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Plant Identification: SOLVED: Yucca Penninsularis - yes or no ???

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Angie12345

Angie12345
Melbourne
Australia

September 23, 2013
4:42 AM

Post #9667725

These Yuccas (?) were planted about 14 years ago, and after recent rains have flowered beatifully. Any opinion would be appreciated.

This message was edited Sep 23, 2013 11:06 PM

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JohnJebaraj
MADURAI, TAMIL NADU
India

September 23, 2013
7:44 AM

Post #9667897

Angie12345
Melbourne
Australia,

You are really a lover of plants and you took the photos patiently waiting for fourteen long years.Please send me the photo of the flower so that it is easier for anybody to identify the species. Let me wait for at least a month. Thank you

Jj
JohnJebaraj
MADURAI, TAMIL NADU
India

September 23, 2013
8:05 AM

Post #9667915

Angie12345
Melbourne
Australia,

You have given the name adding one more n to the name but it is Yucca peninsularis.I have seen the flowers through web. Thank you

Jj
Vestia
San Francisco, CA

September 23, 2013
1:04 PM

Post #9668152

It would be helpful I you could post pictures here of the actual flowers when they are open; preferably close-ups from the side, and looking into the flower if possible.

Angie12345

Angie12345
Melbourne
Australia

September 23, 2013
5:35 PM

Post #9668328

Thank you so much John and Vestia. Thanks for letting me know it will flower further ... i wasnt sure if it would open more, or die off. Which brings me to my next question, any idea if the plant will die after flowering ?? I have spent hours researching on the net, but get mixed opinions.

Angie12345

Angie12345
Melbourne
Australia

September 23, 2013
7:40 PM

Post #9668439

FLOWERING DAY !! No wonder i was confused, didnt even know it flowered, I thought they were seed pods. Photo of my son (6'3") in front of Yucca. Will these help ID ??

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JohnJebaraj
MADURAI, TAMIL NADU
India

September 23, 2013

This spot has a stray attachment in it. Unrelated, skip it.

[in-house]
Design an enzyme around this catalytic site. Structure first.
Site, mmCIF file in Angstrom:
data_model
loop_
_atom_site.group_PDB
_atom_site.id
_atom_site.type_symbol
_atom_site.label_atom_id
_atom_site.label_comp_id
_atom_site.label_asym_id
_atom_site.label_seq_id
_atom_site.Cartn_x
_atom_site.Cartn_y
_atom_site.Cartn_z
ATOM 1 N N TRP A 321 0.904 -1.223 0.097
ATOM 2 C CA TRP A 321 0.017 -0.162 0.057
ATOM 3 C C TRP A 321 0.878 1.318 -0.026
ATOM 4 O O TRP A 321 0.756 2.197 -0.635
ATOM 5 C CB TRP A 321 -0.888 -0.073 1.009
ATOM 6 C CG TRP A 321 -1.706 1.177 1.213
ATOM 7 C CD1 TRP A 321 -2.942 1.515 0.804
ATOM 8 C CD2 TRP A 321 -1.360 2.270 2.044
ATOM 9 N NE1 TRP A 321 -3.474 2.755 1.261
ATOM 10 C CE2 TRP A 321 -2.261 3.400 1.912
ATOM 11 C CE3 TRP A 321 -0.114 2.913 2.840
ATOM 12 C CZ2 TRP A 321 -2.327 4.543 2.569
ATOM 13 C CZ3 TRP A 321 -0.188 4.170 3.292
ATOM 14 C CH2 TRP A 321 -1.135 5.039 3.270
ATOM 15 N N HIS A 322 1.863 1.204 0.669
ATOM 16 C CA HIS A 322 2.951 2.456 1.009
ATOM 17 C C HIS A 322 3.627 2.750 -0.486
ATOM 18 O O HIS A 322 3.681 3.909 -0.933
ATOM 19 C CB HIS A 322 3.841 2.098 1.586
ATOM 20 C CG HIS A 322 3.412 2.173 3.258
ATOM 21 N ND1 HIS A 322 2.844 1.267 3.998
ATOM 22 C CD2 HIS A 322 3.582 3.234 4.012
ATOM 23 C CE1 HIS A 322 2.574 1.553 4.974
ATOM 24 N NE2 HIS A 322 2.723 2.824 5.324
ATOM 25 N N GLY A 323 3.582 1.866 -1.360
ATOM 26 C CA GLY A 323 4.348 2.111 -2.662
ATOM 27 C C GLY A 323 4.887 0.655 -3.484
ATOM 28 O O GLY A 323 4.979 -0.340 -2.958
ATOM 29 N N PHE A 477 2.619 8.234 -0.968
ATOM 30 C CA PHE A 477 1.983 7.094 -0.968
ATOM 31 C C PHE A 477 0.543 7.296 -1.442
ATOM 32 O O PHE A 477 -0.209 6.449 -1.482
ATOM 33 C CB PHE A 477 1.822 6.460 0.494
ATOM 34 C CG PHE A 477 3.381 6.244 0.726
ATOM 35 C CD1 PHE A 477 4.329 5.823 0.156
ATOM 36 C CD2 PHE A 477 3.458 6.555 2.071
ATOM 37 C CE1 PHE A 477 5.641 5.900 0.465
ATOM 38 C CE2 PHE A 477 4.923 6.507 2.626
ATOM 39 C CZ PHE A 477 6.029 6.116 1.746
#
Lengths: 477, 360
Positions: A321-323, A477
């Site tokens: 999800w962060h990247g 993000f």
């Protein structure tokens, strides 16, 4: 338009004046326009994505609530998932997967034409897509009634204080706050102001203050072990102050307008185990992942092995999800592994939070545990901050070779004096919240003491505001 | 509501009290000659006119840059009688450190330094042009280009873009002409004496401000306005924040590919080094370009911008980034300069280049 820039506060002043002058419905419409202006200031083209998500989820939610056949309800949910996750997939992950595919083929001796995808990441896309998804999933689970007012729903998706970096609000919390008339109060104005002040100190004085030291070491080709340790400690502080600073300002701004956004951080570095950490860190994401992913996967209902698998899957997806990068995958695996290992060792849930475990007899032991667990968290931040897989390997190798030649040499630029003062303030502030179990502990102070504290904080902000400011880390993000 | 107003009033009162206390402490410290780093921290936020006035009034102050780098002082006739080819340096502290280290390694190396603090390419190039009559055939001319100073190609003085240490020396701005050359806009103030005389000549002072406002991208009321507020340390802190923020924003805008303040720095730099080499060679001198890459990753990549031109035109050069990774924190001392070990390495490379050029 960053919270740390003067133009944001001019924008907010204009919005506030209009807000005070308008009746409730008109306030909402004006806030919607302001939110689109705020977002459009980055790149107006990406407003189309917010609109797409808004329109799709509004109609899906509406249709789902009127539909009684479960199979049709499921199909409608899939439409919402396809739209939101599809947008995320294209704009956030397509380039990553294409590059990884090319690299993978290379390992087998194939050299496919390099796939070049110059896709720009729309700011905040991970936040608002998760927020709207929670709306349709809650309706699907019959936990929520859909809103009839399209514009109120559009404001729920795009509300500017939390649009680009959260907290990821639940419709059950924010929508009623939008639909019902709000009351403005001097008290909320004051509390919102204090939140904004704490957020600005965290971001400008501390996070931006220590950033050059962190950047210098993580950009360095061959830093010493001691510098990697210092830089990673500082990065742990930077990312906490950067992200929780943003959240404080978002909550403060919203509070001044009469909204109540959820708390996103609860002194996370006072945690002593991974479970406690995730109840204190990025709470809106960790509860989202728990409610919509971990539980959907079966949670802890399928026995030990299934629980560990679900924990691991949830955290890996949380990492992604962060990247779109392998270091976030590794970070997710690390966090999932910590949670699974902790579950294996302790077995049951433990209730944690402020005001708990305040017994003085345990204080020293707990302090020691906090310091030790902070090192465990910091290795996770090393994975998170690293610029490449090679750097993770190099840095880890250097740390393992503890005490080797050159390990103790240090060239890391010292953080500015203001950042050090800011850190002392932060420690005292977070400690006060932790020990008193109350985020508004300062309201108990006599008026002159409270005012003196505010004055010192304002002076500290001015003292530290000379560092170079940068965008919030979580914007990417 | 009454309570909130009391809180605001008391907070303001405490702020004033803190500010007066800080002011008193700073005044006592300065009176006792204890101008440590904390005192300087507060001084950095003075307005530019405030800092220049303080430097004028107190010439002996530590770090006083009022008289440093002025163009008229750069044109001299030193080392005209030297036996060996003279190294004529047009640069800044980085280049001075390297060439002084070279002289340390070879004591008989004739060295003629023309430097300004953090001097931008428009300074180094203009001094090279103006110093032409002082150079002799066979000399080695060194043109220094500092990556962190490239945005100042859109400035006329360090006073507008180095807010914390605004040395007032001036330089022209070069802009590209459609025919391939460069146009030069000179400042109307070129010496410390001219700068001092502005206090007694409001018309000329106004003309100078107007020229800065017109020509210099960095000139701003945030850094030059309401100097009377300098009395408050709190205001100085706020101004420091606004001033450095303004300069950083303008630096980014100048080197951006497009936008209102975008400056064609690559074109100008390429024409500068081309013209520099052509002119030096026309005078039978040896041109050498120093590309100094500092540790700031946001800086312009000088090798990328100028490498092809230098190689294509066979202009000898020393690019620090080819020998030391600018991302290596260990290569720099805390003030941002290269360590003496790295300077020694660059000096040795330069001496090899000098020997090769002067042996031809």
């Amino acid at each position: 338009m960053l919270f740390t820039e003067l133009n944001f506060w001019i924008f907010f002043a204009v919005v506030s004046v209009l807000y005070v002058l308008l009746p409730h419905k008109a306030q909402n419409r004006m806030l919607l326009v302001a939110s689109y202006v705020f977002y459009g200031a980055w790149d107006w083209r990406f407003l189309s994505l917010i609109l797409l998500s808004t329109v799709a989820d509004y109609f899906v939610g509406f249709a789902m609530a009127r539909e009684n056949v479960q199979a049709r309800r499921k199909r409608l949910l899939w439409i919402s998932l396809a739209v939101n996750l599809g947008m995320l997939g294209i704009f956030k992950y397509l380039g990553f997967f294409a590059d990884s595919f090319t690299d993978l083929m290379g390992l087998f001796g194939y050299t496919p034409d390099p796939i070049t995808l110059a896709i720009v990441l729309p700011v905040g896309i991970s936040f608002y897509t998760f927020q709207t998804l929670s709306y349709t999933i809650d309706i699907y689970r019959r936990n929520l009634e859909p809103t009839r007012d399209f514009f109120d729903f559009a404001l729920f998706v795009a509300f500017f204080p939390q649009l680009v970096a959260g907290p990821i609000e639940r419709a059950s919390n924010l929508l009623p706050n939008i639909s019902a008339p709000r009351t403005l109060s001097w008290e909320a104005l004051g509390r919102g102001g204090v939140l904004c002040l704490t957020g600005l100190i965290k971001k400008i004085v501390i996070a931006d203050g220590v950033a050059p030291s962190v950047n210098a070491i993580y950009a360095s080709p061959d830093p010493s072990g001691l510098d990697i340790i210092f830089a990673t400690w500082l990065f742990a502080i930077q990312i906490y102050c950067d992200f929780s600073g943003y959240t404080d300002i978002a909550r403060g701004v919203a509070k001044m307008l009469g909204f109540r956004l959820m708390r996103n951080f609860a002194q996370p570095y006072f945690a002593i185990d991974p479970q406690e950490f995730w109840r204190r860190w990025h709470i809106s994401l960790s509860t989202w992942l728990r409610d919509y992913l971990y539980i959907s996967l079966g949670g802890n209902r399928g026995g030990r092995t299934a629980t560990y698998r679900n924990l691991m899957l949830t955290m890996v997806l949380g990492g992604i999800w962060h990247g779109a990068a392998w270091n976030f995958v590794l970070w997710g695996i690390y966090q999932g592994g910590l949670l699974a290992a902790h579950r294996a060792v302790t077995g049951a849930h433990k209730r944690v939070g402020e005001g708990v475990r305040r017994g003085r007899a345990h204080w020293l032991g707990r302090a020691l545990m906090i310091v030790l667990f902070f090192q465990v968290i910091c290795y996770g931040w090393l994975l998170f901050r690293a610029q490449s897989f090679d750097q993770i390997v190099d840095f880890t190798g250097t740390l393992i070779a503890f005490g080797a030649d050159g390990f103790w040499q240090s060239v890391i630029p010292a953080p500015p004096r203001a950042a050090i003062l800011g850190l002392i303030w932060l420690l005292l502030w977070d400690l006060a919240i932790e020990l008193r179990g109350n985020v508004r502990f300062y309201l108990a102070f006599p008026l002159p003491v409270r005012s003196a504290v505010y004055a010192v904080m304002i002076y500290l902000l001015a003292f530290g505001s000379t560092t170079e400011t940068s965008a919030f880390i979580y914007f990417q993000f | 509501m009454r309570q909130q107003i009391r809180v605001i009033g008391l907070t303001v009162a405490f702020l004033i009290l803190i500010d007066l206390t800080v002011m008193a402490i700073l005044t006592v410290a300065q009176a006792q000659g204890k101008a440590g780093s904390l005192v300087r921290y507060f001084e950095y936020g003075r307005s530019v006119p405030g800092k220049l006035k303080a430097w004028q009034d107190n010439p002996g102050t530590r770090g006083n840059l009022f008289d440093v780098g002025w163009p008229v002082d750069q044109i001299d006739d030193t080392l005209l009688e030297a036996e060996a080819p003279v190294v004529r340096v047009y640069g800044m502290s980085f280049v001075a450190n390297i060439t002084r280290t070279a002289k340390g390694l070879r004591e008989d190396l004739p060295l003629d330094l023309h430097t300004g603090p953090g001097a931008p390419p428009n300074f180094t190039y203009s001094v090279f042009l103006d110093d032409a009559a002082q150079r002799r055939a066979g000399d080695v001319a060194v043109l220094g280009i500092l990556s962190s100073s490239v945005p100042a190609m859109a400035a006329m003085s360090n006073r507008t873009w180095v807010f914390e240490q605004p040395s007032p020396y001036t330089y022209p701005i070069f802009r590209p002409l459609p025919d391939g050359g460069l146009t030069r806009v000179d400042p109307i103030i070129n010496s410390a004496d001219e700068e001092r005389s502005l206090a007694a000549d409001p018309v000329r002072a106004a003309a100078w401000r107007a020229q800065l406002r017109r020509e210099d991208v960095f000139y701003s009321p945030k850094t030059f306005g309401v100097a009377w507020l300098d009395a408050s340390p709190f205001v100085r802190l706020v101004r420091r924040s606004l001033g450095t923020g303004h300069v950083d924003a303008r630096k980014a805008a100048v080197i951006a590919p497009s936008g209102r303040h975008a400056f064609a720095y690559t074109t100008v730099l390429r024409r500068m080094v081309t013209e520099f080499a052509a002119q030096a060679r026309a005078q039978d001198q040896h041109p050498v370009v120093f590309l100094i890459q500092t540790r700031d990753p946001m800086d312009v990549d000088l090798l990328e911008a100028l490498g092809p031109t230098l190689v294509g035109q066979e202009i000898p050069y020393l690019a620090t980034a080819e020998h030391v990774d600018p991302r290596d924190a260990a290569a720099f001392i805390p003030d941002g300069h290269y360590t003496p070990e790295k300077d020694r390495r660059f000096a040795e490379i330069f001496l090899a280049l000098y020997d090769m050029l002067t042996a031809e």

7:55 PM

Post #9668451

Angie12345
Melbourne
Australia,

You are very courteous and as a plant lover I want to answer your questions. Generally the perpetuation of the plant species is through the off shoots.The side shoots will take over and bear flowers when they mature.Yuccas are pollinated by specific insect group which lay their eggs inside the cavity of the ovary.The larvae of Pronuba feed on the young ovules and emerge as adults (Moths).Please observe all these relationship between Yucca Plant and Pronuba yuccasella (Insect). Yucca peninsularis is also known as Hesperoyucca whipplei ssp. eremica Ref:http://plantlust.com/plants/yucca-peninsularis/

This is Jj from The American College, Madurai, South INDIA

JohnJebaraj
MADURAI, TAMIL NADU
India

September 23, 2013
8:02 PM

Post #9668457

Angie12345
Melbourne
Australia,

I am really thrilled to see the photos amazingly and unexpectedly.Look for the insect Pollinators and take pictures. Thank GOD

Jj

Angie12345

Angie12345
Melbourne
Australia

September 23, 2013
11:36 PM

Post #9668568

Thanks for your response John, I am so happy you are as excited as we are. I hope we have native insects here in Oz which will pollinate the flowers. Also, I have just been taking more photo's and, loaded with your kind info, and have found some side shoots on our 2nd (fallen) Yucca which isnt flowering. I have taken 2 close ups, and a perspective.

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Kaelkitty
Adelaide
Australia
(Zone 10a)

October 9, 2013
7:57 PM

Post #9682519

Hi Angie,
If your Yucca is still flowering, you might want to try hand pollinating a few flowers, if you can reach them. Since these plants are not native to Australia, pollination is very hit and miss here. Get the yellow dusty pollen from one flower and transfer it to any flowers which have a sticky end at the end of the stigma in the middle of the flower. Sticky stigmas indicate that the flower is ready to accept pollen.

It still may not work as not all plants in this group are self fertile. Sometimes you need more than one plant as many plants can recognize and reject their own pollen. Please note that all of your little offshoots will be genetically identical to the parent plant so they don't count as different in this way, even if they were flowering.

If you already have some pods forming, well and good. Send me a d-mail and I will let you know how to deal with the seeds,

By the way, I still don't think we have adequately established whether these plants are actually Y. peninsularis. The ones in Plant Files look very different ( http://davesgarden.com/guides/pf/go/64860/ ) and quite a bit smaller. Can you tell me where you came across the name originally?

Ciao, KK.

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